Object storage has only been around since the mid-90s. As the relatively new kid on the block, there can be some confusion as to how it differs from other storage types, such as block or file storage. This post is the first in a series looking at these key differences.

A Primer on File Storage

File storage has been around for considerably longer than object storage, and is something most people are familiar with. You name your files/data, place them in folders, and can nest them under more folders to form a set path. In this way, files are organized into a hierarchy, with directories and sub-directories. Each file also has a limited set of metadata associated with it, such as the file name, the date it was created, and the date it was last modified.

This works very well up to a point, but as capacity grows the file model becomes burdensome for two reasons.  First, performance suffers beyond a certain capacity. The NAS system itself has limited processing power, making the processor a bottleneck. Performance also suffers with the massive database – the file lookup tables– that accompany capacity growth.

So What is Object Storage?

Object storage essentially bundles the data itself along with metadata tags and a unique identifier. The metadata is customizable, which means you can input a lot more identifying information for each piece of data. These objects are stored in a flat address space, which makes it easier to locate and retrieve your data across regions.

This flat address space also helps with scalability. By simply adding in additional nodes, you can scale to petabytes and beyond.


The Difference Between Object Storage and File Storage


Now that you know the basics of both object storage and file storage, let’s look at some of the key differences separating the two.

To start, object storage overcomes many of the limitations that file storage faces. Think of file storage as a warehouse. When you first put a box of files in there, it seems like you have plenty of space. But as your data needs grow, you’ll fill up the warehouse to capacity before you know it. Object storage, on the other hand, is like the warehouse, except with no roof. You can keep adding data infinitely – the sky’s the limit.

If you’re primarily retrieving smaller or individual files, then file storage shines with performance, especially with relatively low amounts of data. Once you start scaling, though, you may start wondering, “How am I going to find the file I need?”

In this case, you can think of object storage as valet parking while file storage is more like self-parking (yes, another analogy, but bear with me!). When you pull your car into a small lot, you know exactly where your car is. However, imagine that lot was a thousand times larger – it’d be harder to find your car, right?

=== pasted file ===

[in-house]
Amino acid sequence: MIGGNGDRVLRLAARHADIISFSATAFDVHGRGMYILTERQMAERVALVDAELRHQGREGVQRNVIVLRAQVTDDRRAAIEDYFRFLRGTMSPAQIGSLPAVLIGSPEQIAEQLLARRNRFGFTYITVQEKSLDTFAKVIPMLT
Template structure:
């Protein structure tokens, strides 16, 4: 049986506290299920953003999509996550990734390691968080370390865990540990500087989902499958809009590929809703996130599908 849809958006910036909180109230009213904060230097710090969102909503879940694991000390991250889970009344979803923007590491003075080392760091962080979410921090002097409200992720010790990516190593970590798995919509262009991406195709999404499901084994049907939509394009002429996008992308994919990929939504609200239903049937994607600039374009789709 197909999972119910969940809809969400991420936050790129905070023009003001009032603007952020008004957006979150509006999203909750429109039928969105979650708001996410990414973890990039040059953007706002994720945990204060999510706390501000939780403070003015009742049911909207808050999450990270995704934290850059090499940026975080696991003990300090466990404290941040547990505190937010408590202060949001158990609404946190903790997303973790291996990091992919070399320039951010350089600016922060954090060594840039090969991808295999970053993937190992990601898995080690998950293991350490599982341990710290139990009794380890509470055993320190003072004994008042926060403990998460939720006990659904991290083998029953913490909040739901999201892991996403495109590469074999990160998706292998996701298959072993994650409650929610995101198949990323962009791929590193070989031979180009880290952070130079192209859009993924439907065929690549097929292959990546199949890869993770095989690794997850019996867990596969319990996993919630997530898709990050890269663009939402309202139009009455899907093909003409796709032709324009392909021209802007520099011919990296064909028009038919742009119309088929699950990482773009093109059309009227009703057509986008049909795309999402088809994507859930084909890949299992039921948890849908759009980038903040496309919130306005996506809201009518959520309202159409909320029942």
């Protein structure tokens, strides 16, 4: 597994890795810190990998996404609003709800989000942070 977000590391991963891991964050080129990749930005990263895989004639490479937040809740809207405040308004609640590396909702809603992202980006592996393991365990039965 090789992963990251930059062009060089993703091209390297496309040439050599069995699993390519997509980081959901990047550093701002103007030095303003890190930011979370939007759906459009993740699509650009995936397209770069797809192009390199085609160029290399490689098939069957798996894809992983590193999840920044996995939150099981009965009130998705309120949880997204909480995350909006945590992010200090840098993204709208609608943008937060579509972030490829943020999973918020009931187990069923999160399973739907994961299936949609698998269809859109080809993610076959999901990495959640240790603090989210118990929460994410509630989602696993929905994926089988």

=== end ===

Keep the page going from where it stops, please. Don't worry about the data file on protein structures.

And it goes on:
Because object storage has customizable metadata and all the objects live on a flat address space, it’s similar to handing your keys over to a valet. Your car will be stored somewhere, and when you need it, the valet will get the car for you. It might take a little longer to retrieve your car, but you don’t have to worry about wandering around looking for it.


Object Storage Metadata

For a real-life example of why metadata makes a difference, we can look at X-rays. An X-ray file would have limited metadata associated with it, such as created date, owner, location, and size. An X-ray object, on the other hand, could have a rich variety of metadata information.

The metadata could include patient name, date of birth, injury details, which area of the body was X-rayed – in addition to the same tags that the file had. This makes it incredibly useful for doctors to pull up the relevant information for reference.

If you want a more straightforward side-by-side comparison, take a look at this table:


PERFORMANCE Performs best for big content and high stream throughput Performs best for smaller files
GEOGRAPHY Data can be stored across multiple regions Data typically needs to be shared locally
SCALABILITY Scales infinitely to petabytes and beyond Potentially scales up to millions of files, but can’t handle more
ANALYTICS Customizable metadata, not limited to number of tags Limited number of set metadata tags


This was only a general overview of the differences between object storage and file storage, but it should give you a clearer idea of the advantages of each type.

File Storage and Object Storage Together!

Now Cloudian offers a way to get the goodness of object storage for your files: Cloudian HyperFile, a scale-out file storage system that provides enterprise NAS features together with the scalability and cost of object storage.

To learn more about Cloudian HyperStore object storage, try it for yourself. Sign up for a free trial today.

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